Don’t Talk With Your Mouth Full! Building Communication Skills at the Dinner Table

 

Building Communication Skills at the Dinner Table

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Eating together as a family has been shown to improve academic scores for kids, build stronger family relationships, and contribute to healthier eating habits. You can use the dinner table, too, as a centerpiece for building communication skills with your kids.

Talk of the Table: Building Communication Skills

Homemade Articulation Target Placemats – Take the sounds your child is targeting and turn them into homemade placemats. Take a piece of cardstock or drawing paper and add stickers for the target (or print a page with related clipart). If the sound is /s/, add stickers of snakes, soda, salamanders, sandals, etc. Then have your child create a story about one of the pictures to build speaking skills and use the target sound. You can also create placemats with basic vocabulary words. Laminate them for extra durability and to last for more than one meal of spaghetti!

Building Communication Skills at the Dinner Table

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Toothpick Vocabulary – Type a list of vocabulary words, print them on address labels or plain paper, and then affix them like miniature flags to the tops of toothpicks or skewers. Have fun and let your child use these instead of silverware – practicing the words that are on each flag as she eats. You can get into the fun, too, but adding in challenging or new vocabulary words for yourself.

Building Communication Skills at the Dinner Table

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Menu Masterpiece – As a literacy builder, use a chalkboard or piece of cardboard as a menu stand and write the menu on it, encouraging your child to read the selections to the rest of the family. You can also use name place cards with your actual names or get creative and add names of famous people  who will be your “dinner guests” for the evening.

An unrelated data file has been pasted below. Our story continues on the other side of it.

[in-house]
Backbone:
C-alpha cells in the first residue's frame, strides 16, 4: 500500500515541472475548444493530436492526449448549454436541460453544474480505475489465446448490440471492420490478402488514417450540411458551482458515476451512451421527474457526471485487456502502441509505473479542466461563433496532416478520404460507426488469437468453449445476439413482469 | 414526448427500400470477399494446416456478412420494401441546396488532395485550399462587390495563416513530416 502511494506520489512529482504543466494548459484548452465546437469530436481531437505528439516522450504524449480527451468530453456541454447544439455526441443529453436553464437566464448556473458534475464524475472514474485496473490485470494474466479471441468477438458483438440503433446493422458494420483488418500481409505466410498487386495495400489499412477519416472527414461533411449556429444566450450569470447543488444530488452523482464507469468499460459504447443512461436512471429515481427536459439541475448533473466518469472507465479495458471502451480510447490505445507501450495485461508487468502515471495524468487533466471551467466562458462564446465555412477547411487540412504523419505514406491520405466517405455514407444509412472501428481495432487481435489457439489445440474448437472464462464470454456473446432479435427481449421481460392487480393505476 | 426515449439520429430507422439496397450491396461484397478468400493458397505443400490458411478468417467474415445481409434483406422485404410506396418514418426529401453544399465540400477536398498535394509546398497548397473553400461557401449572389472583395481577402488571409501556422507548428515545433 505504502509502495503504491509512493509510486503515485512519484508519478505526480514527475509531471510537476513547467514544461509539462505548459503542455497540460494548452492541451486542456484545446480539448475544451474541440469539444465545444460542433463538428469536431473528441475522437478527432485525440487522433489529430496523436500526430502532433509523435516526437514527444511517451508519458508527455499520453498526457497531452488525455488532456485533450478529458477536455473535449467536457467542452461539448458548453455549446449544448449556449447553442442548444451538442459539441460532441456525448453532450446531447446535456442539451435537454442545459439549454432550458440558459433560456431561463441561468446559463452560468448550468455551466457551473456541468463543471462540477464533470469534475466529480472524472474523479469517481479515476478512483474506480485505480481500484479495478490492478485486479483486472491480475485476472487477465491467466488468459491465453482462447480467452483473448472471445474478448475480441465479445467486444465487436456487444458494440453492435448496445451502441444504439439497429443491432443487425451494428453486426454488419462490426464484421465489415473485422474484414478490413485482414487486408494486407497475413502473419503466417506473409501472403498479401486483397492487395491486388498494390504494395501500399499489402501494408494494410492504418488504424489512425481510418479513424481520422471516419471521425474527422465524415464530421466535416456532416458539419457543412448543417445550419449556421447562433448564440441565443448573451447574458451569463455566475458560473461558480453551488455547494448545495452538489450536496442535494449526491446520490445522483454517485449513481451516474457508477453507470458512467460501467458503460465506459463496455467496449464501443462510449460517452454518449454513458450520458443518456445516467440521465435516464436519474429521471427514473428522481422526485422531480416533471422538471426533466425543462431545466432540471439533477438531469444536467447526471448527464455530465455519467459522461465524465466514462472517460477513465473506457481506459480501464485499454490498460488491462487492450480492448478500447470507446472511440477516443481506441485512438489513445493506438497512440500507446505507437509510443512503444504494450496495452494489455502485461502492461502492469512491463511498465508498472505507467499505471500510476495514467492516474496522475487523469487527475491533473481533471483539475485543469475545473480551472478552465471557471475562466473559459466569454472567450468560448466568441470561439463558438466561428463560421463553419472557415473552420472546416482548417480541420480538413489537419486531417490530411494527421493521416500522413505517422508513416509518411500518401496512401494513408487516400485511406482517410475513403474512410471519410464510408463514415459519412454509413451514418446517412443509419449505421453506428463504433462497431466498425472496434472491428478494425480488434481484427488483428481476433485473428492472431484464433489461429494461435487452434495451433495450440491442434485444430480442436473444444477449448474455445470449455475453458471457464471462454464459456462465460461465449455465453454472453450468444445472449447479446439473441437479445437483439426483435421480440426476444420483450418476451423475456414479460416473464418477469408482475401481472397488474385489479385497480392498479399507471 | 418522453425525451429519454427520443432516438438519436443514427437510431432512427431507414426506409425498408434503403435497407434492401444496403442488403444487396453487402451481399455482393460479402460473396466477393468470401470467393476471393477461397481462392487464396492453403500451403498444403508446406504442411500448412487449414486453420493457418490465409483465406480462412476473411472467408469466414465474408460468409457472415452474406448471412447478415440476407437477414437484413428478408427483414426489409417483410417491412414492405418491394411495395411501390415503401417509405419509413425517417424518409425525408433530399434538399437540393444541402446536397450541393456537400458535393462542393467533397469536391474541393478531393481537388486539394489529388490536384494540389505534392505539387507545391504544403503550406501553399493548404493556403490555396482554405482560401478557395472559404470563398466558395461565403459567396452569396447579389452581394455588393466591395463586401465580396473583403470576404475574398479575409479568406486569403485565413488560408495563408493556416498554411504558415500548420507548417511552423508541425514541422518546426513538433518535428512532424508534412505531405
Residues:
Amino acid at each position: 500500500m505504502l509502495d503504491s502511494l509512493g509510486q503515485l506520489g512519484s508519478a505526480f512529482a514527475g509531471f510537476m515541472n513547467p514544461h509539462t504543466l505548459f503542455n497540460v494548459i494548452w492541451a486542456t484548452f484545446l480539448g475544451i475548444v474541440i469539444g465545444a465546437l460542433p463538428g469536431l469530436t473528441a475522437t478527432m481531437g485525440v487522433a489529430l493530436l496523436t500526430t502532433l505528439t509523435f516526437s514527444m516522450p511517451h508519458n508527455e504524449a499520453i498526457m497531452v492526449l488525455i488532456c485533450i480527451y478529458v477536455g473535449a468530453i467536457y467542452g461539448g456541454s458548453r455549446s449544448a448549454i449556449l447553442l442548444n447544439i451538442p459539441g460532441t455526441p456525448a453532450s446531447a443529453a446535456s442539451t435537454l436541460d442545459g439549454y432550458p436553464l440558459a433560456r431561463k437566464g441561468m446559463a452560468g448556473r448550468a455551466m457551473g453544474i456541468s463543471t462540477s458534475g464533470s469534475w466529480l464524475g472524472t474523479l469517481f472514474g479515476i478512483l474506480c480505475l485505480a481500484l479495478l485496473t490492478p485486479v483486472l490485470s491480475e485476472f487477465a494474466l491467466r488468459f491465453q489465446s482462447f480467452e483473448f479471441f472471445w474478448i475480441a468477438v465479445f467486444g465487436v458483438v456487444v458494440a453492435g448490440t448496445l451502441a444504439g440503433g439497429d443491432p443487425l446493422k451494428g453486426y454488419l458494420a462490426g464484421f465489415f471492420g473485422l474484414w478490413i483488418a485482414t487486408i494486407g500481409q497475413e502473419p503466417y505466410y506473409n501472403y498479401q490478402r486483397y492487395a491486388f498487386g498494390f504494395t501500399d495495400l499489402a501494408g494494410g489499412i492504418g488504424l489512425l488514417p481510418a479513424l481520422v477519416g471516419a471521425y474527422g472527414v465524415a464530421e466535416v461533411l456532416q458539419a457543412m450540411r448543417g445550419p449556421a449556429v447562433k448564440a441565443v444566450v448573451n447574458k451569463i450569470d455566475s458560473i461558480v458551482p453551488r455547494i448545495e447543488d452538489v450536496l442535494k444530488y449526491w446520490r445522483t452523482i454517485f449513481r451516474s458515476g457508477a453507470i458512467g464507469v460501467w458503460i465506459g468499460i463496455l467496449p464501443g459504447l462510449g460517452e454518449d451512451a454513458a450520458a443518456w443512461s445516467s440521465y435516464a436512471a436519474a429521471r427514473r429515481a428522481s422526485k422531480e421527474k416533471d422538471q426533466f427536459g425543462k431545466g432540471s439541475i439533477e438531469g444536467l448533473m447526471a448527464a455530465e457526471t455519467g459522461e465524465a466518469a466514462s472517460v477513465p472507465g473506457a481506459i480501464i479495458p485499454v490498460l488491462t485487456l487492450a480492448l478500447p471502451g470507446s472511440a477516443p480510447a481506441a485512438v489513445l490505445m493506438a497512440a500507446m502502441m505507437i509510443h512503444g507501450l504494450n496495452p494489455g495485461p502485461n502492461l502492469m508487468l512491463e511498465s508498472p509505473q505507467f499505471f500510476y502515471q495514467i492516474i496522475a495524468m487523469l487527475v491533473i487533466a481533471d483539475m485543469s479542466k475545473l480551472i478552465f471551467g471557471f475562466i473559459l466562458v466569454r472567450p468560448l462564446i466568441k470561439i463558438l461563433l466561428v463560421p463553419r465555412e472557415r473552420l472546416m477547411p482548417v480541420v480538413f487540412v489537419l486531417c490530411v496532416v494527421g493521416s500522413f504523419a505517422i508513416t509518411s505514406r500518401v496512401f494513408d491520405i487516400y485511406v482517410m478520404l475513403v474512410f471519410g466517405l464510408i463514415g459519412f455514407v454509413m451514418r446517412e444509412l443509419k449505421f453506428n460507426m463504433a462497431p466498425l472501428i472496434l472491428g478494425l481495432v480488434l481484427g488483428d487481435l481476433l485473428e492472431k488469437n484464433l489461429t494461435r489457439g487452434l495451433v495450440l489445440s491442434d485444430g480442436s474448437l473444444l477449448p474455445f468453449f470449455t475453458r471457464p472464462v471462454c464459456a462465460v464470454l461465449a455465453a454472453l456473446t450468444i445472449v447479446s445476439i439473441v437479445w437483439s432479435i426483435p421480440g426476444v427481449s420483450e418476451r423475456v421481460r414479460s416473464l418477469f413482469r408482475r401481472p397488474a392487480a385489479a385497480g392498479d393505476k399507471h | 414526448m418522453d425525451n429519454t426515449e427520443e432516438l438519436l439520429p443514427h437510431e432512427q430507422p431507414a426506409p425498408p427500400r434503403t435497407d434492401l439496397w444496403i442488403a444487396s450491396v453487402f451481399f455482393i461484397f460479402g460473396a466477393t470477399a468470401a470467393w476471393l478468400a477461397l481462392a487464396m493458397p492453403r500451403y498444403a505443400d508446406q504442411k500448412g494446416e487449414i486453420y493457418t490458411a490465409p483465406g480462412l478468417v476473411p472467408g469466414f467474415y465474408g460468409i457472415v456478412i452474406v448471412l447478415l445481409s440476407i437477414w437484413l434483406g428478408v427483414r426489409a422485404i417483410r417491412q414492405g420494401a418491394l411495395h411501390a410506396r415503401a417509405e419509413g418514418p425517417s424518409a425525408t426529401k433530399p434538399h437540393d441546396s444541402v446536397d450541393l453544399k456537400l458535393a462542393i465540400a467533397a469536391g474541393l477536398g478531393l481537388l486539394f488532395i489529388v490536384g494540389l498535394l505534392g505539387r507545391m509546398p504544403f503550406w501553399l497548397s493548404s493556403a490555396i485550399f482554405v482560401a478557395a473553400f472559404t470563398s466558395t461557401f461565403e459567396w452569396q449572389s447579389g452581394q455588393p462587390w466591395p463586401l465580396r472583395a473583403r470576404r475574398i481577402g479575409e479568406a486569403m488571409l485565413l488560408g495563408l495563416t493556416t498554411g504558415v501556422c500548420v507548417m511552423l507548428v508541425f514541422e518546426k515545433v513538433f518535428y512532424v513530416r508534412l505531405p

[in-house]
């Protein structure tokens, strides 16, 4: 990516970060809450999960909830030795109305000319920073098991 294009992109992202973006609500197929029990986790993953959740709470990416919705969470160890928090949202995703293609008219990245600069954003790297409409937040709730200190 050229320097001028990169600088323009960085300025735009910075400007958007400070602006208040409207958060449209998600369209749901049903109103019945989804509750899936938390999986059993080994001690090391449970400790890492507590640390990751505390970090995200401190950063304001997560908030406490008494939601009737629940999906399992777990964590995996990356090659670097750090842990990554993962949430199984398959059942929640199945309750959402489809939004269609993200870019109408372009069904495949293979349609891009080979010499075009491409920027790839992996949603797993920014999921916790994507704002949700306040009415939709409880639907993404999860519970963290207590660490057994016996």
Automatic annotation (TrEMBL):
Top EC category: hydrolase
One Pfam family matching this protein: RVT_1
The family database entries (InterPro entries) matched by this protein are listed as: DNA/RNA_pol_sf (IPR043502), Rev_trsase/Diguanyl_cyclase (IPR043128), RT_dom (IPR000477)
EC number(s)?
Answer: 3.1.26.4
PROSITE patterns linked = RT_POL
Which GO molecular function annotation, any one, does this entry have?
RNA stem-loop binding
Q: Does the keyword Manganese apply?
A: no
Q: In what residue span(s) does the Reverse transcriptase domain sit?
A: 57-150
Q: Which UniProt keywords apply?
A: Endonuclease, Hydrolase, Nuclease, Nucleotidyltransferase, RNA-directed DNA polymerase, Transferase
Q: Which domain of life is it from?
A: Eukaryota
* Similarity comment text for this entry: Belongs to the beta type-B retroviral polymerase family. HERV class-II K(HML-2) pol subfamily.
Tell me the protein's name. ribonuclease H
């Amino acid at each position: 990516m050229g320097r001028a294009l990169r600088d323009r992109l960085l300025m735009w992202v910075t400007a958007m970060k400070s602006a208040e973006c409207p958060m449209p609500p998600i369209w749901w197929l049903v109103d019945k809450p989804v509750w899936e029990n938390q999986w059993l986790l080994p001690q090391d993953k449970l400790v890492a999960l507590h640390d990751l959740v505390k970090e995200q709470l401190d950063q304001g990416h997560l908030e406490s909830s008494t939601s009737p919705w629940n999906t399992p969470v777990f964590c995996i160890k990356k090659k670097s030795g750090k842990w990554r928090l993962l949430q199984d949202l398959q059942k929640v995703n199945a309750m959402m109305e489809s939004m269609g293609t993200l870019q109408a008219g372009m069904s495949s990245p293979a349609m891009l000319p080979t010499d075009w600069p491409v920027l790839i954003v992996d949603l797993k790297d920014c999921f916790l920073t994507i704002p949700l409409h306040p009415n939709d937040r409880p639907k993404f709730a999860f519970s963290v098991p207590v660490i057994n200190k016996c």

Eating Out? No Problem.

If your family dinner is in the middle of a restaurant, keep the kids busy and practice articulation and communication skills with these easy activities.

Let the kids order – OK, so it’s not really a game, but it is a great opportunity to help your young child build communication skills. To help him find success, when the waiter comes to the table, begin by saying something such as, “[Sam] is really working hard on his restaurant skills and is looking forward to ordering his own food tonight.” It boosts a child’s self-confidence and gives a heads up to the wait staff that this is a valuable part of the meal. Don’t forget to rehearse with your child before the wait staff arrives if needed.

Building Communication Skills at the Dinner Table

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I Spy – You can limit it to things on the menu, at the table, or give the whole restaurant a go. If you are working on specific sounds, limit the game to those targets. For example, start the game by saying it is time to play I Spy the Sound of /r/ and then explain that whatever item is selected needs to start with that particular sound.

What About Challenges with Oral Motor Skills?

Work with your child’s SLP or occupational therapist to treat feeding and sensory issues that might make dinner time more challenging. If you have a child with oral sensory issues that are part of his speech or communication disorders, some options you can discuss with your child’s SLP include:

  • Letting your child smell or touch the foods without feeling compelled to eat it
  • Serving 2 foods that satisfy sensory needs and 1 small portion of a new food
  • Serving more finger foods that can satisfy sensory needs before the food is put in the mouth
  • Using trays like the kind used in cafeterias instead of plates – they keep the foods separate and lesson anxiety over food issues
  • Offering electronic toothbrushes or other sensory stimulators just before eating

The next time you’re feeling like there just isn’t time in the day to fit everything in and be able to have a family dinner, try some of these 10 minute dinnertime activities to boost communication skills. There’s more to be learned around the dinner table than just: Don’t talk with your mouth full of food!

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